Monday, December 17, 2012


Think Outside The Scraper Box!

10. Because The Worm Is Living With Shayna In The Trailer. Why call him The Worm and not The Wriggler or The Snake or The DigDug Creature or The Silverfish? Because he’s The Worm! And he’s living with Shayna in the trailer! So you fired up the Scraper Box (again) dammit!

9. Because Your Daddy Took Out His Scraper Box And Your Daddy’s Daddy Took Out His Scraper Box. There’s nothing so powerful as the notion of three generations taking out their Scraper Boxes, driving them around properly in the usual manner, returning them to a sensible storage area, and disembarking to the traditional welcome that one would receive, including a reasonable portion of suckling pig.

8. To Join The 1,000,000 Scraper Box March. What a spectacle! All them Scraper Boxes amidst the circular wavings of Patriotic Towels, amidst the droppings of Patriotic Confetti, amidst the Keynote Address by the ghost of Marlon Brando, and his Keynote Refrain: “The Hauling, The Hauling!”

7. Woke Up In The Middle Of The Night And Didn’t Know Where You Were. Nothing comforts a touch o’ the Nocturnal Paranoia more than a little trip on the Scraper Box, unless, that is, the Nocturnal Paranoia does not abate, and you were then a Paranoiac riding around on your Scraper Box at night.

6. To Show Someone Else A Good Time. Uh huh, okay, I see how you—wink! wink!— ‘took out the ol’ scraper box last night’, you ol’ devil you, you ol’ Casanova you, you ol’ PLAYA!

5. One Too Many Jokes That Began With A Boot Up Someone’s Butt. So, a patient appears in the Emergency Room, complaining of an “Inability to Void.” Upon further examination, the doctor discovers a boot lodged in the patient’s butt, and says, (Irish accent optional), Would that Inability to Void ‘ave anything to do with the boot stuck up your arse? Oh that, says the patient, Nah, that’s but a coincidence, been there for years, the boot. No, I really cannot void, I can’t!

4. The, Everything Happens For A Reason, Reason. Don’t know why you took out your Scraper Box? Many Americans cannot fathom the Action-Consequence Continuum, either, so let’s just say what they say—that Divinity wanted you to take out your Scraper Box, and anything that happens (e.g., happy or destructive) must be due to Divinity.

3. To Think Outside The Scraper Box. One always sits outside the Scraper Box, of course, but the real trick is to do some Deep Thinking while astraddle your Machinery.

2. The Economy Is Rebounding. The rebound will lead to Many Possible Americas, including DigDug Creatures, Breakfast Potatoes, and Obese Conservatism, thus choose the off-ramp for your Scraper Box judiciously.

1. Willard “Mitt” Romney Was Defeated. Good ol’ Mitt wouldn’t own a Scraper Box, unless Cadillac made one, and then I spoze he’d strap the dog to it, or drive it into an elevator, or buy 50 of them: two for each house. 

Tuesday, December 11, 2012


The horror! A rediscovered notepad.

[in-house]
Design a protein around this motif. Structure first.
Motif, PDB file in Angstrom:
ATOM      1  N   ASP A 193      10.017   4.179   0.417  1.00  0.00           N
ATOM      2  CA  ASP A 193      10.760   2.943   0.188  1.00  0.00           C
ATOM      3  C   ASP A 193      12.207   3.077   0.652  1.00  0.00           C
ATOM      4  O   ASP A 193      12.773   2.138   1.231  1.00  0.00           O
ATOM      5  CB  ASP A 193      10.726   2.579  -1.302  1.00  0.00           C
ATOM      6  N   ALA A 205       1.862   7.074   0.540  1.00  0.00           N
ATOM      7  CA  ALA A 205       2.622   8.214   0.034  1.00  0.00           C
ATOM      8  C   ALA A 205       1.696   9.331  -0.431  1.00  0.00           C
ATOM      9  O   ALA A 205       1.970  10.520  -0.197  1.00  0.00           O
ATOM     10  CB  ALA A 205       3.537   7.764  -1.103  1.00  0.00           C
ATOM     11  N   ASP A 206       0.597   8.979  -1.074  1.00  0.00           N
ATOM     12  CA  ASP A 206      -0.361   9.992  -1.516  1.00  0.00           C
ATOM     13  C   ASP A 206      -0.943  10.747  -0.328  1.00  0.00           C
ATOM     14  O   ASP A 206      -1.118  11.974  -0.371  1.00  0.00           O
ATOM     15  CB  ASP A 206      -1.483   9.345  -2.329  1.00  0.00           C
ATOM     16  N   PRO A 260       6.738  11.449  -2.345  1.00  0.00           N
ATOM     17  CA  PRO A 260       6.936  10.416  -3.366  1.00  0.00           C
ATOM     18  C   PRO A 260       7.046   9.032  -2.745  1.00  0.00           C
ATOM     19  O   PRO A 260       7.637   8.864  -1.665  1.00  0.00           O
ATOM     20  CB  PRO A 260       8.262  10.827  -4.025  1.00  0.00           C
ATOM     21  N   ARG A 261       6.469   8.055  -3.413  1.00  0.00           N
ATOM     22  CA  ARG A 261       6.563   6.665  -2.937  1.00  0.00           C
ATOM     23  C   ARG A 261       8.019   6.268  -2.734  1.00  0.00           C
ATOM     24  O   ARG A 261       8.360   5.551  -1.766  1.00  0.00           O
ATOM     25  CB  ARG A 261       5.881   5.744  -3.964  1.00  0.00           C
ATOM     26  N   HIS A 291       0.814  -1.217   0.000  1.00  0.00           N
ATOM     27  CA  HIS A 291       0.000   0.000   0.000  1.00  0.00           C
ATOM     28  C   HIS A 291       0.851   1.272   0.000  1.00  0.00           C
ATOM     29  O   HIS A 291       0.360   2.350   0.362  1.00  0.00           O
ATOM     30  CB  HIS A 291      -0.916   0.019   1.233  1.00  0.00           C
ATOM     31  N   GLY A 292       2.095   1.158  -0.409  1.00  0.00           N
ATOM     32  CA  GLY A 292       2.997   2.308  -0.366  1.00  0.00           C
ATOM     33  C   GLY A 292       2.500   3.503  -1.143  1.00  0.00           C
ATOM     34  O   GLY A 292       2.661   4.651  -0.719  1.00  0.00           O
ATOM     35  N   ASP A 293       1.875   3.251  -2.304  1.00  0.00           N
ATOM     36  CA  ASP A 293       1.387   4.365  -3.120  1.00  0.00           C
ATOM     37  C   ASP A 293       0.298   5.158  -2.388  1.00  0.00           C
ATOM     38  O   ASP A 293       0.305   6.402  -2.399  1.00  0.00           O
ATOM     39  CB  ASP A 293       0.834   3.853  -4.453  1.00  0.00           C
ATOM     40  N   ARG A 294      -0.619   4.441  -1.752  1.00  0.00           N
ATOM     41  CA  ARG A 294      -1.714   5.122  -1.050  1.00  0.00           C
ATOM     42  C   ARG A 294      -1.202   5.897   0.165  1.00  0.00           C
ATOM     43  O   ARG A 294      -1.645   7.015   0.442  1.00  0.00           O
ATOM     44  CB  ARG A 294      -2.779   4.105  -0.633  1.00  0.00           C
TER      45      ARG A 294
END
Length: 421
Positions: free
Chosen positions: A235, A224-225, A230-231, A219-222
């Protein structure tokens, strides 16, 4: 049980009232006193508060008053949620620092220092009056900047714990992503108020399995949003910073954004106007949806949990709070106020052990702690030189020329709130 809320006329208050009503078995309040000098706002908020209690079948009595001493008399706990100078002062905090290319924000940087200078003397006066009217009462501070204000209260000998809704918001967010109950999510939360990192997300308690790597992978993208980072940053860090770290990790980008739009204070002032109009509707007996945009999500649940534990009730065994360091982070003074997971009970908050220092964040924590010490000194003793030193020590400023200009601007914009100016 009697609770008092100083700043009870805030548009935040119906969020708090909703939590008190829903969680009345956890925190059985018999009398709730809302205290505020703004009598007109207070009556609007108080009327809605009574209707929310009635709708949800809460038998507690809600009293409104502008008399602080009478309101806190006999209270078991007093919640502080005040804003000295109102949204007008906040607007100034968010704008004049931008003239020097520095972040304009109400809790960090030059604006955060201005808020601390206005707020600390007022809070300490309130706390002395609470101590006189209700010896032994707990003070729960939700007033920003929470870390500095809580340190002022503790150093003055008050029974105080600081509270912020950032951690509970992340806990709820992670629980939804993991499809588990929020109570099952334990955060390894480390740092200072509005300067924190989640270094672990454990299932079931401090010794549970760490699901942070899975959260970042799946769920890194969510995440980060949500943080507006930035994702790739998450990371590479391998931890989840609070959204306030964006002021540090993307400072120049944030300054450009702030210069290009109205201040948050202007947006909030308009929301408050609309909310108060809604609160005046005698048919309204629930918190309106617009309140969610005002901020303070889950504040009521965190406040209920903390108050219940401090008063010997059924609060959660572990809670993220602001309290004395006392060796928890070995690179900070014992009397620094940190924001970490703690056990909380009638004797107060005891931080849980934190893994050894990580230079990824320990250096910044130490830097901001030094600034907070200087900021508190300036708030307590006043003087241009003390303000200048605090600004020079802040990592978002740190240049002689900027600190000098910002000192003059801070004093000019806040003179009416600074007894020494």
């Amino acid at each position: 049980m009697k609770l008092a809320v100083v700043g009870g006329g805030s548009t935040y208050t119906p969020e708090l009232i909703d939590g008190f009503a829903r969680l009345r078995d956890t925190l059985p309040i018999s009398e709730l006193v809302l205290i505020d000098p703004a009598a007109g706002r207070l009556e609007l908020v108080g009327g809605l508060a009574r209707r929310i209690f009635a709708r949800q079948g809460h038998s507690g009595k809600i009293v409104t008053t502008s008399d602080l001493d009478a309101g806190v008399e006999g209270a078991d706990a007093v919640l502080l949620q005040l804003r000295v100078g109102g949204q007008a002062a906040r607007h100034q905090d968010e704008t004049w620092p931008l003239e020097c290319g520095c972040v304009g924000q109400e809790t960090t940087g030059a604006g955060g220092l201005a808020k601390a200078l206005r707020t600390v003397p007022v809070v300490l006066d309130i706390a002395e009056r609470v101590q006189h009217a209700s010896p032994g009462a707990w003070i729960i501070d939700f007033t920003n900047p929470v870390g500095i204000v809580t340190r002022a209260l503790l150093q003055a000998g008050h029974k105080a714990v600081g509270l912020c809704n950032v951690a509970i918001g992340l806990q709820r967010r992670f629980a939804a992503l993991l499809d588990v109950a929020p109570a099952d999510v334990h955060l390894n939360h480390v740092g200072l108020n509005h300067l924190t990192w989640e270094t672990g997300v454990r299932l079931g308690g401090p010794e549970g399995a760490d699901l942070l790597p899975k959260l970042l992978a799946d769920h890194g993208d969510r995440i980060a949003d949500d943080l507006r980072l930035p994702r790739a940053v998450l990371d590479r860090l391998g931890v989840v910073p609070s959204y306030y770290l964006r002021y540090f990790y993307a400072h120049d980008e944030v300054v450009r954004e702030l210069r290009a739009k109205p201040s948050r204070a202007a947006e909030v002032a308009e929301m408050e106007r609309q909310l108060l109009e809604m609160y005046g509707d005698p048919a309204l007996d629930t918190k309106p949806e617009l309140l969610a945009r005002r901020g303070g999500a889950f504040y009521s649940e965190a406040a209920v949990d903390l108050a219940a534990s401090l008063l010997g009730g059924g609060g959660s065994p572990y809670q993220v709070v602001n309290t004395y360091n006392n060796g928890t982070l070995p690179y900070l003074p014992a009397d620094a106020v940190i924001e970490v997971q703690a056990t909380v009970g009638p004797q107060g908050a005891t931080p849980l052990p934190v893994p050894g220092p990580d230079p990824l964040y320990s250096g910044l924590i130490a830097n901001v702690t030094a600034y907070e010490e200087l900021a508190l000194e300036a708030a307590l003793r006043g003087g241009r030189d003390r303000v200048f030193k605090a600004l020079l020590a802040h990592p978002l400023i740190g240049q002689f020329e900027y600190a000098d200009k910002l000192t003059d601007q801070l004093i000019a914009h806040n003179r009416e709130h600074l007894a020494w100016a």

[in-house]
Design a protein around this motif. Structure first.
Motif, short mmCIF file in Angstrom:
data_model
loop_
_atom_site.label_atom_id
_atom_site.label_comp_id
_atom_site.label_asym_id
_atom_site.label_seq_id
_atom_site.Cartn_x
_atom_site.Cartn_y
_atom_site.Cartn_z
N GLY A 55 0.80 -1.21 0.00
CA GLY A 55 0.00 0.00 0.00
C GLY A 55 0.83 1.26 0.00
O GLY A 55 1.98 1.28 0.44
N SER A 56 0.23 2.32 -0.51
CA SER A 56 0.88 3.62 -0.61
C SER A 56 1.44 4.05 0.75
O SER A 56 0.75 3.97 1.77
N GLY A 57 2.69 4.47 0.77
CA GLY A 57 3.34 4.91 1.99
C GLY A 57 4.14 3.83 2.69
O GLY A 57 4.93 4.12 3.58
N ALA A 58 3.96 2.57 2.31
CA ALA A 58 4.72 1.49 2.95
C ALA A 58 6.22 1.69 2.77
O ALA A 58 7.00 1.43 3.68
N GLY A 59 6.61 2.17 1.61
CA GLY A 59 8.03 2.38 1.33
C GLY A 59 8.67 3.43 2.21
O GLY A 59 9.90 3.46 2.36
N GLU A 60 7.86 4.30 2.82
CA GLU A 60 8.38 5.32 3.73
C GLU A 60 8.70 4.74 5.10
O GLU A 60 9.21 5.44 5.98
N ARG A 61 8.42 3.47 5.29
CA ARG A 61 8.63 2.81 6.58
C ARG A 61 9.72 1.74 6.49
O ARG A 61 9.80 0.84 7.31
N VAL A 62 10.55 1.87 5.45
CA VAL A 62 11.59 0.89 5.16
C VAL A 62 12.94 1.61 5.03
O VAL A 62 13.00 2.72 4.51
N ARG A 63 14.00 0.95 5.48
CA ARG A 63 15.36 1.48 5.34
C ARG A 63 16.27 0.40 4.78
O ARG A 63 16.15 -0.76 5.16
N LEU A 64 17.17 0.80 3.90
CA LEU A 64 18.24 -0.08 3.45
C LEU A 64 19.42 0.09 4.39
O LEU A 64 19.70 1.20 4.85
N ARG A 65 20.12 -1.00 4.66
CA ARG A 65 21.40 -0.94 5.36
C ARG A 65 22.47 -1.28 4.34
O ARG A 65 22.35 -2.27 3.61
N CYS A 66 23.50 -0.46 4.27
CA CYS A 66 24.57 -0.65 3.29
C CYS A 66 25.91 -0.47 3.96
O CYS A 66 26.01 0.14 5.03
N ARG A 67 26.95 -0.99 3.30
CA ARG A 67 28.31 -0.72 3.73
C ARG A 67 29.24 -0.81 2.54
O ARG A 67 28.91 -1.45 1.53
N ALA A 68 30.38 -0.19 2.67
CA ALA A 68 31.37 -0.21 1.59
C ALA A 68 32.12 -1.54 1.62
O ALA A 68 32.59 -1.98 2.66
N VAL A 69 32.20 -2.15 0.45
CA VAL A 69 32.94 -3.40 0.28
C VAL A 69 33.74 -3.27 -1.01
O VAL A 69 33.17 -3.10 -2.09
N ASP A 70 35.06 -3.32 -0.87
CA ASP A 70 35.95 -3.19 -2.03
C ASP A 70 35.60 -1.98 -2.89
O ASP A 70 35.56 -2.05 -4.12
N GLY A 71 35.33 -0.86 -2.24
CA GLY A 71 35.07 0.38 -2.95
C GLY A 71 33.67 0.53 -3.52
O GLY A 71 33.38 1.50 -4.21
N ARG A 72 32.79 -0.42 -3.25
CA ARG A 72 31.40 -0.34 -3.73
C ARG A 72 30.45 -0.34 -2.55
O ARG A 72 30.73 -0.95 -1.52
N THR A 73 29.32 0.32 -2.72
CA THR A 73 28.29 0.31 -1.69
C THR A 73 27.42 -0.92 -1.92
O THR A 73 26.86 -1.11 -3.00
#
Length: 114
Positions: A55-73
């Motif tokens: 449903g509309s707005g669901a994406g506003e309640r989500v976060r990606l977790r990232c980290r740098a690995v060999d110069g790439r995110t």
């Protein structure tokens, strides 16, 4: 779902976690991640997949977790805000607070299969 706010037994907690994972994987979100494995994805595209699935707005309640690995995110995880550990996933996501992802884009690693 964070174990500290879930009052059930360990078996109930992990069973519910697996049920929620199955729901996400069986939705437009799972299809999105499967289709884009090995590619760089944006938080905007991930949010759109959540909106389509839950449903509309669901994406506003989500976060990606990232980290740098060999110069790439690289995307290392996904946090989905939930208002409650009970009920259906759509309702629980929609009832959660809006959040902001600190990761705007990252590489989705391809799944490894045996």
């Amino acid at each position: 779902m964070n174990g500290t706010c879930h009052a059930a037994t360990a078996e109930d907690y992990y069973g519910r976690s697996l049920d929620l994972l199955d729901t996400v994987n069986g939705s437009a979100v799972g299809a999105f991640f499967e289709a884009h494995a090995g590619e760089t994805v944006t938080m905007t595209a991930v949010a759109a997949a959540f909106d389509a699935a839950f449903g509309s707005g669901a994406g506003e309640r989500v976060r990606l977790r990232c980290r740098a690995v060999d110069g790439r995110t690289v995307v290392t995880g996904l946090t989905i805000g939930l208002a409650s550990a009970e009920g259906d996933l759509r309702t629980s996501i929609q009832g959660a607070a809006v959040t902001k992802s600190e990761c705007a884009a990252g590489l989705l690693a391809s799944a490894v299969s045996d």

The man who founded Arthur Andersen & Co. nearly a hundred years ago in Chicago, a young professor conveniently named Arthur Andersen, once refused a client’s plea to ‘cook the books’ during the client’s annual audit, even as Andersen was struggling to pay his employees. He famously proclaimed that “all the money in the city of Chicago” would not lead him to compromise his ideals, and the client, the owner of a railroad utility, fired him. The railroad company, as the story continues, failed, and in the wake of this double bankruptcy—both commercial and moral—the little accounting firm stood, vindicated, in the sturdy terrain of ethical principles. (Two heavy wooden doors, replicas of the firm’s original entrance-way, would become the company’s enduring trademark.) A partner rehearsed this ditty for me when I joined ‘Arthur’ in 1990 as an entry level research economist charged to support the firm’s growing practice in cross-border transactions. In short, my group would assist foreign multinational corporations—mostly Japanese and German—in dodging their fair share of U.S. tax. These corporations, from the lands of the former Axis Powers, did staggering American business in vehicles, machinery, electronics, and other goods, yet in many cases, paid little or no tax on their U.S. operations. Given the deep pockets of these clients, Arthur could out-muscle the understaffed Internal Revenue Service, which otherwise sought to collect. A two million dollar investment in hiring the heft of Arthur, for instance, would likely avoid a two billion dollar judgment, and in the end, fewer than all the Yen in the city of Tokyo and fewer than all the Deutschmarks in the city of Berlin could, indeed, purchase creative reporting from Arthur. Work-products were often tailored to please the client, and amid the firm’s break-neck sprint to amass billable hours, professional objectivity was discarded in the name of profits. Around the same time, the United States entered a fairly steep recession, one that underscored the decay of American manufacturing, and where U.S. manufacturers had shuttered their doors, Japanese and German companies in many industries prospered. To my knowledge, Arthur did not engage personnel in Tokyo or Berlin to assist American multinationals in avoiding their fare share of Japanese and German tax, or if it did, the firm derived little revenue from this activity. The idea of growth isn’t, by itself, corrupt, but growth uncoupled from the ‘local’ principles upon which Arthur Andersen & Co. was founded, did lead to systemic corruption. I sat at a cubicle for two years, researching and writing bits and pieces, occasionally directing small client engagements, leaving in 1992. Numerous scandals could have erupted in various corners of Arthur, and eventually, some court actions did materialize. One in particular, involving the audit of Waste Management, served to weaken the firm’s clean-cut aura, before another case, Enron, drew considerable attention and toppled both companies in 2002. Before the Enron debacle, the firm’s consulting wing severed itself from Arthur and became Accenture, a company that continues to thrive today. At its peak, Arthur had been the ‘Titanic’ of global auditing firms, with billions of dollars in annual revenue and a couple hundred thousand audit and consulting employees worldwide. In its greed, however, the firm misapplied its role as independent auditor and consultant, enabling other enterprises in their greed to shelter profits (among other scams). Ten years after Enron, many wealthy corporations—notably led by the financial services sector—continue to abuse their relationships with money . . . and the law. It’s easy to argue for oversight, and there should be oversight, of course, but on the other hand, the larger and wealthier and more arrogant the corporation, the more it comes to resemble a disease. After Arthur’s indictment in federal court, its worldwide practice buckled and perished in a matter of weeks, one client after another dumping its former auditors. I resigned from the firm for three reasons: a supervisor refused my petition for a reduction in overtime so I could care for a dying relative; the unethical commerce at play; and I accepted a small fellowship to write poetry. Ultimately, I, the little poet, endured.